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Pac-12 Commissioner Larry Scott said the University of Washington will retain its membership in the Pac-12 conference as an “emeritus” university. Scott said he is open to the possibility of Oregon State University and Washington State University entering into similar MOUs with the University of Oregon resulting in the entire Pacific Northwest being represented on fields and courts by University of Oregon student athletes. Scott confirmed that Portland State University will be considered as a replacement conference member for the “emeritus” University of Washington.

Scott said the Oregon Ducks represented both the University of Oregon and University of Washington student bodies and respective university families in their Sweet 16 matchup against Louisville last Friday in the NCAA Men’s Basketball Tournament.

Safe Harbor Statement: This preliminary strategic Athletic Department Memoranda of Understanding (MOU) between the University of Washington and the University of Oregon is effective and duly constituted upon the playing of the “Sweet 16” game between the University of Oregon and the University of Louisville on March 29, 2013. All University of Washington athletic records with the exception of the men’s and women’s crew teams and the women’s gymnastics team will remain the official records of the University of Washington Athletic Department. They will be housed in the University of Washington Athletics Museum in which Washington fans can remember the days in which UW actually  fielded its own sports teams. A final Memoranda of Understanding will be consummated between the University of Washington and the University of Oregon later this calendar year. A corresponding MOU between the University of Washington and the Pacific-12 Conference designating an “emeritus” status for the University of Washington Athletic Department is expected to be signed in the next 90 days. None of the stipulations stated above should be constituted as a guarantee by the University of Washington administration or its agents.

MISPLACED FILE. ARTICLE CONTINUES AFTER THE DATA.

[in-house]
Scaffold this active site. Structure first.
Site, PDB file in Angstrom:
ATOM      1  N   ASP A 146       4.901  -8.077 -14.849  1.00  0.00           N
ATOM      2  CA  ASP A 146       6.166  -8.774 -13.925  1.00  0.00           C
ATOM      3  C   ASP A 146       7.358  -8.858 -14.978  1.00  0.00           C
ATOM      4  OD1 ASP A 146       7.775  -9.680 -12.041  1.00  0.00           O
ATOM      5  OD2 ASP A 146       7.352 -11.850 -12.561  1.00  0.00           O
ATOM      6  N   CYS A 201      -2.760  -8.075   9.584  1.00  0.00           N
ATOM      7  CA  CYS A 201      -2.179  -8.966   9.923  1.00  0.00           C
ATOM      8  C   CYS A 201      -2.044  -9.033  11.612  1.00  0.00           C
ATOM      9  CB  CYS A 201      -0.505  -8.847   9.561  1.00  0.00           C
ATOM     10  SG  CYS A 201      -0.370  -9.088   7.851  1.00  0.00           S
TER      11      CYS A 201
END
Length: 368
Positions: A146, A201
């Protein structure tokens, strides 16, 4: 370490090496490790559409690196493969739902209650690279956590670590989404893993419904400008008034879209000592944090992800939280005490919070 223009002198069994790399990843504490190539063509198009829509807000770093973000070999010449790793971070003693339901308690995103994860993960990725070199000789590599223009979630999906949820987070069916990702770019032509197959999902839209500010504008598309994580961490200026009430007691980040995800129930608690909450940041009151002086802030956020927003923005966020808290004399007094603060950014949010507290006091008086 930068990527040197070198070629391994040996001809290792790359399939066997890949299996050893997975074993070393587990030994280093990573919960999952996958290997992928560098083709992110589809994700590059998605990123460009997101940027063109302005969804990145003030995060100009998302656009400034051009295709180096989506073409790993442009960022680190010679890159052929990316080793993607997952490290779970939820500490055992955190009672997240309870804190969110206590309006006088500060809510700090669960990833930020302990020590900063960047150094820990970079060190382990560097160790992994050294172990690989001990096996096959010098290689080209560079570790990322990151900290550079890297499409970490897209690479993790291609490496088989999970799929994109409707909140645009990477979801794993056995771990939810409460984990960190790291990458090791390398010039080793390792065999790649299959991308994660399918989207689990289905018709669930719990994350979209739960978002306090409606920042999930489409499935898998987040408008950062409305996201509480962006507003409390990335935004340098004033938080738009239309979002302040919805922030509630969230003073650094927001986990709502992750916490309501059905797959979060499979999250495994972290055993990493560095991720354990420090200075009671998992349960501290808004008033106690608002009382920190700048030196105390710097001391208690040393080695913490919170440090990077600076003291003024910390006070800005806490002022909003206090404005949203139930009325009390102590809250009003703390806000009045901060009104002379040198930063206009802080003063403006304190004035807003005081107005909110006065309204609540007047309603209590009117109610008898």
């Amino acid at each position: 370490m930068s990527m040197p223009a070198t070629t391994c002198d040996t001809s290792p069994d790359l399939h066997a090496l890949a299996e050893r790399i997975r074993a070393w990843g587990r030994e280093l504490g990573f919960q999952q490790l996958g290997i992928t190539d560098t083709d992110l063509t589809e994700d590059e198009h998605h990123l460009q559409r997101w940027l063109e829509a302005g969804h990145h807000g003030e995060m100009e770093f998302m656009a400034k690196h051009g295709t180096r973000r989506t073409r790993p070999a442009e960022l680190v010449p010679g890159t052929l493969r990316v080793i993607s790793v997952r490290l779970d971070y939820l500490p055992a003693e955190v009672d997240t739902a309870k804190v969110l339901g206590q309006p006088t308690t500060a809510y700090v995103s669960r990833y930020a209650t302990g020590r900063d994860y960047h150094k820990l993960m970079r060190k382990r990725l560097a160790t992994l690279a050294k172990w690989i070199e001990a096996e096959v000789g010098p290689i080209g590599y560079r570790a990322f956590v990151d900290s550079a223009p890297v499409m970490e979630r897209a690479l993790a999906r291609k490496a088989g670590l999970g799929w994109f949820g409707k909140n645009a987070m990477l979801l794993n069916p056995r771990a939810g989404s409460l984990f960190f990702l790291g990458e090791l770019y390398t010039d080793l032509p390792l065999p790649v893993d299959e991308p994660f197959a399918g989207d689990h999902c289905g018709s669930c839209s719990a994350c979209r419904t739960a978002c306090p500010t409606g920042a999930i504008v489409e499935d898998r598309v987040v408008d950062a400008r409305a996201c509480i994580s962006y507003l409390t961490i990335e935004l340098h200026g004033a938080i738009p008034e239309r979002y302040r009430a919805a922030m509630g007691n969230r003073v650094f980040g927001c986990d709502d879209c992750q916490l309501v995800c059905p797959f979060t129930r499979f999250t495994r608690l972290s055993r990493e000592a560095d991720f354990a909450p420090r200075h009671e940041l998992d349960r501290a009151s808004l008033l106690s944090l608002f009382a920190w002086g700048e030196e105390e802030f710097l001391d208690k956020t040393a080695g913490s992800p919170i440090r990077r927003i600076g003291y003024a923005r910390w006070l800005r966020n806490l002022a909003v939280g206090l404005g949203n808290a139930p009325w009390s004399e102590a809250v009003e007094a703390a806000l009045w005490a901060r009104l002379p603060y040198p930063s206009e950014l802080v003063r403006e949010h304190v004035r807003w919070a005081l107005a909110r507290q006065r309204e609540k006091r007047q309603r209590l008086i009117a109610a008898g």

About the University of Washington

Founded in 1861 by a private gift of 10 acres in what is now the heart of downtown Seattle, the UW is one of the oldest public universities on the West Coast. We’re deeply committed to upholding the responsibility that comes with that legacy. And being public has always meant being accessible. Anyone can enjoy and be enriched by all the UW has to offer, including world-class libraries, art, music, drama, sports and the highest quality medical care in Washington state. Being public also means being engaged with our communities, and through knowledge and discovery we are elevating the quality of lives of others. http://www.washington.edu/discover/

About the University of Oregon

The University of Oregon, founded in 1876, is the state’s flagship institution. Located in Eugene, an energetic college town, the university offers academic excellence and hands-on learning opportunities in a welcoming atmosphere. Towering trees shade the 295-acre campus, where students, faculty members, and employees from a wide variety of backgrounds share a commitment to preserving the environment and pursuing innovation in more than 260 academic programs that range from Eugene to Portland and from the coast to the mountains. http://uoregon.edu/about

http://espn.go.com/blog/pac12/post/_/id/54990/oregon-wins-this-pac-12-title

http://www.gohuskies.com/

http://www.goducks.com/